> 2)  Limiting the number of preloads in the script loader so we don't saturate
>     the connection limit.  But note that other preloads could still saturate
>     it.

Possibly a good idea. Though I like 1 more.

> 3)  Flagging all preloads (via nsISupportsPriority) as preloads and having
>     necko never give the last available connection to a preload.

This is a good idea. Could possibly be done using the priority system too if we add it.

> 4)  Bumping our connection limits.  ;)

I don't think this is helpful. There's always going to be a site with more preloads out there.
Maybe combo of 1 and 3?   For DNS we already do #3--only 3 out of 8 queries outstanding can be speculative.  I'm surprised we don't have anything similar for HTTP connections.

Should we open a separate bug for this?

Is #2 a fast to implement stopgap measure in the mean time?
> So why didn't this happen with the old parser?

The preloader possibly took <base> into account?  Not sure.

> Could we check with teh loadgroup how many other things we're loading

Yes but what matters is loads to the site... we could assume worst-case, I guess.

> and which ones aren't script-preloads?

The loadgroup has no idea about that.

> If we pause a request, does that mean it's no longer counted towards the 6
> limit?

I doubt it.  I'm not even sure that _canceling_ a request immediately makes it stop counting.  :(

> There has been talk about adding priorities to necko.

Necko knows about priorities.  You can set them on a per-channel basis.  We'd need to add some back end to use them in a smart way here, of course.  This was idea #3.

#2 would indeed be a stopgap measure if none of the other solutions are looking likely (and that includes fixing the <base> thing in the parser, mind you).
(In reply to comment #8)
> > So why didn't this happen with the old parser?
> 
> The preloader possibly took <base> into account?  Not sure.

It looked to me (by code inspection) like it didn't. I deliberately made the first iteration of speculative loading in the HTML5 bugwards compatible with the old parser to make it easier to recognize perf effects from the HTML5 move vs. specific improvements.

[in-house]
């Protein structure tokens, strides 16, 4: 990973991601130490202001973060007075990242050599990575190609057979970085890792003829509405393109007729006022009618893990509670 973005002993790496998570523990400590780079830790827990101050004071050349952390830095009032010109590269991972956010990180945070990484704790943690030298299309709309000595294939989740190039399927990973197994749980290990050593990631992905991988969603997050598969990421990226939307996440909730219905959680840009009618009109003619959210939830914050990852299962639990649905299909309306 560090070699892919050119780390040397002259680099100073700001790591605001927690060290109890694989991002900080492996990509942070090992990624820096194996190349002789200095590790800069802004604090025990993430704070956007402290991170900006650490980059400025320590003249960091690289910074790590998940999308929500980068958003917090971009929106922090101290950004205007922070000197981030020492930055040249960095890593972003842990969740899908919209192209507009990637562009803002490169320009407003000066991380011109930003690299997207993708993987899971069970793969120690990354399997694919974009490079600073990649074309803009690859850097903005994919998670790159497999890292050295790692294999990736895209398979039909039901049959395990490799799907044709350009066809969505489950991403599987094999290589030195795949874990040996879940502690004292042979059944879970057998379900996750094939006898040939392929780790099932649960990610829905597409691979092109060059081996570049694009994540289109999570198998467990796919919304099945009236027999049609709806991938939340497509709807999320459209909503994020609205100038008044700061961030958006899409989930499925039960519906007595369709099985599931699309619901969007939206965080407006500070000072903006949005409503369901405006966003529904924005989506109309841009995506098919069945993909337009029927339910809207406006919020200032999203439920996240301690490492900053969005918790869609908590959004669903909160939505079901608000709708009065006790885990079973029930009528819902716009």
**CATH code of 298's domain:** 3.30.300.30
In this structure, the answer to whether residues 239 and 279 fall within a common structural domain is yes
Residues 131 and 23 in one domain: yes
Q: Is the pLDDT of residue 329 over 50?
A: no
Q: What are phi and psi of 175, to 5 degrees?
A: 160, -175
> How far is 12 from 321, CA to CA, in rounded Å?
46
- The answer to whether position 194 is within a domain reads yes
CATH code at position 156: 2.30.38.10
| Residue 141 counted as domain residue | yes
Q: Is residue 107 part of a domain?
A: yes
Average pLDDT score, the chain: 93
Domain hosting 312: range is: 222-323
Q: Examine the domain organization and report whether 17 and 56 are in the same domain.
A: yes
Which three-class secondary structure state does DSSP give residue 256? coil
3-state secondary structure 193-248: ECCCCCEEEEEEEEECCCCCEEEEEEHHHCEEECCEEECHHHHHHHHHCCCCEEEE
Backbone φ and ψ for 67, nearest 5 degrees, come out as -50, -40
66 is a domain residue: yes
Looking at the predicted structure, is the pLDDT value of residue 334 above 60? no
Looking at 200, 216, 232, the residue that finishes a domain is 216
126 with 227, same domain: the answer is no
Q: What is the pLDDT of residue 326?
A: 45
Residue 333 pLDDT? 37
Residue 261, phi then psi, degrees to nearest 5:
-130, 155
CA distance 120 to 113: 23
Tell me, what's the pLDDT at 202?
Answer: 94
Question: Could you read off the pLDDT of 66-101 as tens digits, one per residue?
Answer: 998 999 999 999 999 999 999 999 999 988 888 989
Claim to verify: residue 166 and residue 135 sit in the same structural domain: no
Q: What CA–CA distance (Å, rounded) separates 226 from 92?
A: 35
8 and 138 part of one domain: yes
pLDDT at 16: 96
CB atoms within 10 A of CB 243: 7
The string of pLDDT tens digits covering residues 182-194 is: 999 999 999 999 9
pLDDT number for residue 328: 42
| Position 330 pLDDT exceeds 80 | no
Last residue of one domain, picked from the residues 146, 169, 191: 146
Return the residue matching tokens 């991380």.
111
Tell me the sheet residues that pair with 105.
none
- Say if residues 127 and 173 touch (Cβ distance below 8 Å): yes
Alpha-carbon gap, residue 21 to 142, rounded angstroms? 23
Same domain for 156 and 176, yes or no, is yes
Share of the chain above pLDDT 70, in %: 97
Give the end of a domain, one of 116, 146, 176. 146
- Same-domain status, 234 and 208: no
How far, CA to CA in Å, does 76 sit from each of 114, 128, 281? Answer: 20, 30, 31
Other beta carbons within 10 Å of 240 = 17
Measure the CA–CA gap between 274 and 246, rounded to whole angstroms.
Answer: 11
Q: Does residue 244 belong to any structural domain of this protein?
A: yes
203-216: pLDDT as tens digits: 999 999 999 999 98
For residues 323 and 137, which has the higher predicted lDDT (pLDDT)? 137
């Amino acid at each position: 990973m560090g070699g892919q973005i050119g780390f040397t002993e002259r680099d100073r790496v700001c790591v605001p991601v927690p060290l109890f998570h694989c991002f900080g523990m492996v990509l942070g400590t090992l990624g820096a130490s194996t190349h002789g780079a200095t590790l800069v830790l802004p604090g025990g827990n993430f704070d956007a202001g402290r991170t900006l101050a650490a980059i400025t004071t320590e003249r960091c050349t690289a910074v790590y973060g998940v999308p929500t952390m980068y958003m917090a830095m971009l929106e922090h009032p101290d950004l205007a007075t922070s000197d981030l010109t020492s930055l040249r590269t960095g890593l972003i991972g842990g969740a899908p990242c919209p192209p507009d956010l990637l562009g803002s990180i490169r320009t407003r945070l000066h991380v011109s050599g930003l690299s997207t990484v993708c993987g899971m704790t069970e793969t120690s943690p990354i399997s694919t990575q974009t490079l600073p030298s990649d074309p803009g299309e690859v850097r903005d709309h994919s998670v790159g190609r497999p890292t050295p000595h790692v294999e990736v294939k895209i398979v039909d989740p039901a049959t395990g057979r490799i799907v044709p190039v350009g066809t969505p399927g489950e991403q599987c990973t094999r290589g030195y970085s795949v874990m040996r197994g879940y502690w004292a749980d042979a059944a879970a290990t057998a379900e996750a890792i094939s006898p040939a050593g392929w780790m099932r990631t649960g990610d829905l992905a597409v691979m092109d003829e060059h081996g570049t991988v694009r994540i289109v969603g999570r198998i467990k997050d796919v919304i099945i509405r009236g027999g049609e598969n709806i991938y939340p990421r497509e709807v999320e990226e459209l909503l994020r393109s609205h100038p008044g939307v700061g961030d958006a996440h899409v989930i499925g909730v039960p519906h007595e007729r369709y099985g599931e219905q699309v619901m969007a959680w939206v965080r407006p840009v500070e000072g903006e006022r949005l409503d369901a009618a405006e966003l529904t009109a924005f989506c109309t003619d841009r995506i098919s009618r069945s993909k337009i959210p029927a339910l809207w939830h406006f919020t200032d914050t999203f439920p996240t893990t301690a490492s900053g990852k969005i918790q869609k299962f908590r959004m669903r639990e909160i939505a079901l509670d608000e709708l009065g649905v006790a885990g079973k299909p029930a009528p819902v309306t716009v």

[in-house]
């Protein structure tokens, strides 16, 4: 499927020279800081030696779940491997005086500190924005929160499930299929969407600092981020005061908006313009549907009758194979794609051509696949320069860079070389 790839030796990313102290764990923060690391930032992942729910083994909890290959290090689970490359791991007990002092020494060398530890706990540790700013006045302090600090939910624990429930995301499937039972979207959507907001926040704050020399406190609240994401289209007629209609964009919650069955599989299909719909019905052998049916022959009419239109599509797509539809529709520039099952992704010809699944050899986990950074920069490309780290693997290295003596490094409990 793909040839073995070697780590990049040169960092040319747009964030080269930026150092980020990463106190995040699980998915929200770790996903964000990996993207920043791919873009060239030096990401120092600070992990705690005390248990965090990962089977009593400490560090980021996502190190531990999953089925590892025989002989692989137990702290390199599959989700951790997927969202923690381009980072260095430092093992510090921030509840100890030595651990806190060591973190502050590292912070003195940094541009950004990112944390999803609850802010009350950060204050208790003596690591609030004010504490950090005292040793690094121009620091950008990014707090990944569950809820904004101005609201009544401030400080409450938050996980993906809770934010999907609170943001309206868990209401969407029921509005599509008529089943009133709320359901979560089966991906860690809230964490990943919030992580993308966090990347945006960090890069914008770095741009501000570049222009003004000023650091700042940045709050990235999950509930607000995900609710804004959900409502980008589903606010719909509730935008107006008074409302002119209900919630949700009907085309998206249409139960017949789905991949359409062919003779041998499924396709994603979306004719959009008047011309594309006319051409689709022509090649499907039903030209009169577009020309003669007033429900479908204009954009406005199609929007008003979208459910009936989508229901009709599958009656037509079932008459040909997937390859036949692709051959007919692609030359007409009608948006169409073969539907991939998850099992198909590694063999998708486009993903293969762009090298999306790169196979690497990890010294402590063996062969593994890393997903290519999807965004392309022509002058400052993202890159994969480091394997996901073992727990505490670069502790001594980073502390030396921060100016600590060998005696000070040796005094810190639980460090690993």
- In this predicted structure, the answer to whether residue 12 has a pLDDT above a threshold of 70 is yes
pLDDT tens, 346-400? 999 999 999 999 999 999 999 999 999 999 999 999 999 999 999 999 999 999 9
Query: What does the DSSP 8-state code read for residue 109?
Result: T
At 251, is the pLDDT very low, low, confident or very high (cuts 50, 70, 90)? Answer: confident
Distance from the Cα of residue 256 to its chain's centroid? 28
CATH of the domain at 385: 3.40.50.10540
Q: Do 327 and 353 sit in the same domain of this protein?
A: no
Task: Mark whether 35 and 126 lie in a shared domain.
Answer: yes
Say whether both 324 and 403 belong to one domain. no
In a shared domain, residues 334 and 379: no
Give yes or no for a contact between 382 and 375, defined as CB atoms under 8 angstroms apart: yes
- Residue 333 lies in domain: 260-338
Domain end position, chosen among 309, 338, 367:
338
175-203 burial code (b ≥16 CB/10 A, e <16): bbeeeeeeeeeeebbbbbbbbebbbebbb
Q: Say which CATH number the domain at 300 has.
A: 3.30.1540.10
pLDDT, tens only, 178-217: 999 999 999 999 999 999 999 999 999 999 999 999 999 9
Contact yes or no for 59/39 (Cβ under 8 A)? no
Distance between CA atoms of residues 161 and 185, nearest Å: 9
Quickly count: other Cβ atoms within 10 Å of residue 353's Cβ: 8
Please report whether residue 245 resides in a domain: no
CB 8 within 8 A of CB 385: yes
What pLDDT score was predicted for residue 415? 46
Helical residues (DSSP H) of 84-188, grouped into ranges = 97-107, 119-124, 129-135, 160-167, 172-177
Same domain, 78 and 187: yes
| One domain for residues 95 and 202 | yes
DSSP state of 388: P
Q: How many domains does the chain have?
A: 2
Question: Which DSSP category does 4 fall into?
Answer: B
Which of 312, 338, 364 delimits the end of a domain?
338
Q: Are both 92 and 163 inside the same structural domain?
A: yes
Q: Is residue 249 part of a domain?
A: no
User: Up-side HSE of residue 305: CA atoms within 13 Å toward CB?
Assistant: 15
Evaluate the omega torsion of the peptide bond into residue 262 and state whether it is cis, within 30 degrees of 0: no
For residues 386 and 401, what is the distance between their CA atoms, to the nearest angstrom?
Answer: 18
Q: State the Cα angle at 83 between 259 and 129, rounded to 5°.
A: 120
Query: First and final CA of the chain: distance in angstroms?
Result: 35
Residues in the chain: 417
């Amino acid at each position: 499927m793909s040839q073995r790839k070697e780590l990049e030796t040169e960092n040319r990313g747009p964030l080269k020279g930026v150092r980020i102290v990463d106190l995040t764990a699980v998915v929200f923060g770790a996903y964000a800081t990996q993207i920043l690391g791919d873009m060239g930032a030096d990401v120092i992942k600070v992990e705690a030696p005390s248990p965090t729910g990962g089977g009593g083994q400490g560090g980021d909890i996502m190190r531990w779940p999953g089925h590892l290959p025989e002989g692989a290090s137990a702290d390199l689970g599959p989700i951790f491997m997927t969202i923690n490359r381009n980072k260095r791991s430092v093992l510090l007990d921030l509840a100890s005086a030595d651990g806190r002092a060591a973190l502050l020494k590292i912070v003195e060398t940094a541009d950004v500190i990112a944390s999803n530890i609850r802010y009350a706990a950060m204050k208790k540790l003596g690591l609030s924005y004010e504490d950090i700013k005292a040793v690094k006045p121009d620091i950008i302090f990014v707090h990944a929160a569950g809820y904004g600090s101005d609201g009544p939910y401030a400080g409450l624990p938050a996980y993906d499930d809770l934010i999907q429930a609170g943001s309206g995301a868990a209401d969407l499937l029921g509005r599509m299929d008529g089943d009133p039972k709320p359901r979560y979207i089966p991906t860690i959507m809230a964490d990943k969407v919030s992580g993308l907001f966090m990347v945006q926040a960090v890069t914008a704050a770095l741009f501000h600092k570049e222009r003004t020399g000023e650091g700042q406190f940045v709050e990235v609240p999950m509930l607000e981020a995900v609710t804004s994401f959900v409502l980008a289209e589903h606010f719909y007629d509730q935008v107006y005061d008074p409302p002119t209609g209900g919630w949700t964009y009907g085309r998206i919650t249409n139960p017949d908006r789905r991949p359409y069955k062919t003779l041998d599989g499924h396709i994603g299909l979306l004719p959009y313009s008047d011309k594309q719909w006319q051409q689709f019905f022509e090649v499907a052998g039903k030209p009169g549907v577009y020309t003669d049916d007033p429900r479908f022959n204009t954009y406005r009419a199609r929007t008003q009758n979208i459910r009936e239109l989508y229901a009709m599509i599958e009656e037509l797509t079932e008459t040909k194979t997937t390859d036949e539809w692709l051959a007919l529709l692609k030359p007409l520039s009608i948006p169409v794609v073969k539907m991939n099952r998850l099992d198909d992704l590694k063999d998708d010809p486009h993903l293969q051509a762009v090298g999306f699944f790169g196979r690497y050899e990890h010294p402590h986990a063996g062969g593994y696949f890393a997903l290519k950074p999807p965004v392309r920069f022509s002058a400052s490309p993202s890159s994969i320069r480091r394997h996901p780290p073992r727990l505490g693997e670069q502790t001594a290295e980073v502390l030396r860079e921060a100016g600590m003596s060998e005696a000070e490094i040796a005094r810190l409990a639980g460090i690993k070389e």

Ok, what probably changed from the HTML4 parser was that we used to call document->GetBaseURI(). This would take <base> into account as soon as the <base> element was parsed, which would be before any speculation-causing <script>s if the <base> appears above the <script>s in the page. So speculative parsing was likely to take <base> into account.

In the HTML5 parser we don't affect document->GetBaseURI as soon as we see the <base>. All we do is create a treeoperation.

So it seems like we definitely need to make the HTML5 parser speculative code take <base> into account in order to prevent problems like the ones in this page.

Updated

7 years ago
blocking2.0: ? → betaN+
No longer blocks: 534293
Depends on: 534293
(In reply to comment #8)
> #2 would indeed be a stopgap measure if none of the other solutions are looking
> likely (and that includes fixing the <base> thing in the parser, mind you).

The patch that's now in bug 534293 fixes the load time of the page reported here.
Priority: -- → P2
Who owns this?  Need an owner ASAP.
I think once bug 534293 is fixed we should either make this not a blocker or spin off a separate non-blocker bug and resolve this fixed....
I pushed the fix for bug 534293, so I think this bug can now be downgraded to non-blocker if we keep this one open.

Do we want to resolve this as a duplicate of bug 534293 or do we want to keep this one open for tracking the additional fixes suggested in comment 5?
The latter, I think.
blocking2.0: betaN+ → -
Component: HTML: Parser → DOM
QA Contact: parser → general
Summary: Page load takes more than 5 min in FF 4.0b2 wrt 1 sec in FF 3.6 → Try to keep preloads from saturating our connection limit
(Reporter)

Comment 16

5 years ago
Here is an URL that takes minutes to load with many connections to various websites: http://www.latimes.com/business/money/la-fi-mo-navy-laser-drone-20130409,0,4771550.story

Comment 17

5 years ago
Bug 819734 will probably help to prevent these bursts.